Indigenous Mountain Peoples Map

 

United Nations General Assembly Report: Sustainable mountain development (2022)

United Nations General Assembly Report: Sustainable mountain development (2022)

publication

Report of the Secretary-General on Sustainable Mountain Development

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Kyrgyz Republic presents “Five Years of Action for the Development of Mountain Regions”

Kyrgyz Republic presents “Five Years of Action for the Development of Mountain Regions”

peak to peak

The June 2022 issue of Peak to Peak opens with an overview of an event hosted by the Permanent Mission of the Kyrgyz Republic to the United Nations to present the concept of the "Five Years of Action for the Development of Mountain Regions" to the permanent missions of the United...

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Using cultural monitoring to understand bison in Banff National Park

Using cultural monitoring to understand bison in Banff National Park

news

The Stoney Nakoda First Nations are combining traditional knowledge with “Western” science to create a more holistic understanding of the bison reintroduction in Mînî Rhpa Mâkoche, also known as Banff National Park, in Canada.

In 2017, 16 bison were released in the northeast section of Banff National Park. This herd has...

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United Nations declare 2026 the International Year of Rangelands and Pastoralists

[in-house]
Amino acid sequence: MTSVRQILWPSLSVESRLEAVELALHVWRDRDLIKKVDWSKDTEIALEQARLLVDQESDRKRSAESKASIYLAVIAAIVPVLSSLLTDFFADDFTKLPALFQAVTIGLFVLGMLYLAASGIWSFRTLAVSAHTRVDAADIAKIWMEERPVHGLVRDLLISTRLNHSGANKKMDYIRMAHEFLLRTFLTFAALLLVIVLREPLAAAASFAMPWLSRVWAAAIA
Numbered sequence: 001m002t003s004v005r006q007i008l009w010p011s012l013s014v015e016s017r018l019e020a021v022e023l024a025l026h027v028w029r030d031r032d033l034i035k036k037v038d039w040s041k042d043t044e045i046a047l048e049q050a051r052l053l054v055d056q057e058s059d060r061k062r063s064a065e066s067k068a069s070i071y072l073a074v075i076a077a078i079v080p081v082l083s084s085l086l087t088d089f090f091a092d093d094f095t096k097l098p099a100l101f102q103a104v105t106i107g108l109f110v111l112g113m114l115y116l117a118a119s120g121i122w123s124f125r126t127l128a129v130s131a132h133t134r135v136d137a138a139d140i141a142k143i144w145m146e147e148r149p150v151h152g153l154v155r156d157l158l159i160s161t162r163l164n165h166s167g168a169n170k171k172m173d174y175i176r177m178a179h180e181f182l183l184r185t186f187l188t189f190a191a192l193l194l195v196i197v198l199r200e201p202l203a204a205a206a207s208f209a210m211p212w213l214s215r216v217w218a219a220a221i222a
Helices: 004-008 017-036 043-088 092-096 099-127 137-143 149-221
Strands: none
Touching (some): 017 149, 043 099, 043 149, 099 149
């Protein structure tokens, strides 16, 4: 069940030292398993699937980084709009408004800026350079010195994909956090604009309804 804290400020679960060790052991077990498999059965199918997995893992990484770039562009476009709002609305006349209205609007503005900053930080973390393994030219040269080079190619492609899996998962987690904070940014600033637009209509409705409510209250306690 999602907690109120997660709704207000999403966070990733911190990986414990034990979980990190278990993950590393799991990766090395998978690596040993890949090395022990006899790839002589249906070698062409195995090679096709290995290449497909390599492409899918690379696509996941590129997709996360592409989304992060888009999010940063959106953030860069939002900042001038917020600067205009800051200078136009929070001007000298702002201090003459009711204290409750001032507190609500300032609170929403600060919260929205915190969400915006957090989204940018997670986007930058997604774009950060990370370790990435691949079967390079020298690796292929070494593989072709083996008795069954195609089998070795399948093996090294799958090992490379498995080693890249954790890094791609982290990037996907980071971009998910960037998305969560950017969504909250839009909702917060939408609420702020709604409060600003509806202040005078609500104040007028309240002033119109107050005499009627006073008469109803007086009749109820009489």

United Nations declare 2026 the International Year of Rangelands and Pastoralists

news

On 15 March 2022, the United Nations General Assembly (UNGA) in New York unanimously declared 2026 the International Year of Rangelands and Pastoralists (IYRP). This final approval is the culmination of an IYRP movement that grew over several years to become a global coalition of over 300 pastoralist and supporting...

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International Year of Sustainable Mountain Development, 2022

International Year of Sustainable Mountain Development, 2022

publication

On 16 December 2021, the United Nations General Assembly adopted by consensus a resolution proclaiming 2022 the International Year of Sustainable Mountain Development at the proposal of the Kyrgyz Government. The resolution was sponsored by 94 governments and invites the Mountain Partnership to facilitate the observance of this Year.

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Philippine mountain producers engage in national Participatory Guarantee System

Philippine mountain producers engage in national Participatory Guarantee System

news

Participatory Guarantee Systems (PGS) are gaining recognition and empowering small-scale organic farmers and fisherfolk in the Philippines, including Mountain Partnership Products (MPP) producers.

According to IFOAM - Organics International – a member of the Mountain Partnership and the only organization worldwide collecting, compiling and publishing global data about PGS initiatives...